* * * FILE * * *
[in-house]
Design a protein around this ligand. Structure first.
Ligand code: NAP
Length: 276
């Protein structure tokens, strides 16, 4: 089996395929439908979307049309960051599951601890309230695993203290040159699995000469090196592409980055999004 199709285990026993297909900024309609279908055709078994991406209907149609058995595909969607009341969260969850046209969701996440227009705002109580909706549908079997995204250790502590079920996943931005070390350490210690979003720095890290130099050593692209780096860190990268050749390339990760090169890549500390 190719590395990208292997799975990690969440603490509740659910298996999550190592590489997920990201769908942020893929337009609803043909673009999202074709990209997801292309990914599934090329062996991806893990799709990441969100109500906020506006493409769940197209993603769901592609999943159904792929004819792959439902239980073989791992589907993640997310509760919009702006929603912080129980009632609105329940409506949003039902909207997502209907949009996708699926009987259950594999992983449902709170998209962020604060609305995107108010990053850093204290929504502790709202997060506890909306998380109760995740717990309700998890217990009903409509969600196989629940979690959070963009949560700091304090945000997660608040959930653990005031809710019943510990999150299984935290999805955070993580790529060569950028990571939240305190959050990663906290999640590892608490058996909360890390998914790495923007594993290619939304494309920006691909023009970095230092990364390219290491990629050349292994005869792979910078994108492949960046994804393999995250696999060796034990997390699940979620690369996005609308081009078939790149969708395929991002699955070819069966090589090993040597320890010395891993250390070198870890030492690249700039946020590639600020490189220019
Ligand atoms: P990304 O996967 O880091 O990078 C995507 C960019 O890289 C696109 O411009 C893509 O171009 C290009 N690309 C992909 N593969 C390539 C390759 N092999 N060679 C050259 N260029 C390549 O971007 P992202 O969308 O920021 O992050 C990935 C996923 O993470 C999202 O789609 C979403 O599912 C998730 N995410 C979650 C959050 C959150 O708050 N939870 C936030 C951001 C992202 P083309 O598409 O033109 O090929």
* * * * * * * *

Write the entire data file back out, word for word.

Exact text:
[in-house]
Design a protein around this ligand. Structure first.
Ligand code: NAP
Length: 276
């Protein structure tokens, strides 16, 4: 089996395929439908979307049309960051599951601890309230695993203290040159699995000469090196592409980055999004 199709285990026993297909900024309609279908055709078994991406209907149609058995595909969607009341969260969850046209969701996440227009705002109580909706549908079997995204250790502590079920996943931005070390350490210690979003720095890290130099050593692209780096860190990268050749390339990760090169890549500390 190719590395990208292997799975990690969440603490509740659910298996999550190592590489997920990201769908942020893929337009609803043909673009999202074709990209997801292309990914599934090329062996991806893990799709990441969100109500906020506006493409769940197209993603769901592609999943159904792929004819792959439902239980073989791992589907993640997310509760919009702006929603912080129980009632609105329940409506949003039902909207997502209907949009996708699926009987259950594999992983449902709170998209962020604060609305995107108010990053850093204290929504502790709202997060506890909306998380109760995740717990309700998890217990009903409509969600196989629940979690959070963009949560700091304090945000997660608040959930653990005031809710019943510990999150299984935290999805955070993580790529060569950028990571939240305190959050990663906290999640590892608490058996909360890390998914790495923007594993290619939304494309920006691909023009970095230092990364390219290491990629050349292994005869792979910078994108492949960046994804393999995250696999060796034990997390699940979620690369996005609308081009078939790149969708395929991002699955070819069966090589090993040597320890010395891993250390070198870890030492690249700039946020590639600020490189220019
Ligand atoms: P990304 O996967 O880091 O990078 C995507 C960019 O890289 C696109 O411009 C893509 O171009 C290009 N690309 C992909 N593969 C390539 C390759 N092999 N060679 C050259 N260029 C390549 O971007 P992202 O969308 O920021 O992050 C990935 C996923 O993470 C999202 O789609 C979403 O599912 C998730 N995410 C979650 C959050 C959150 O708050 N939870 C936030 C951001 C992202 P083309 O598409 O033109 O090929």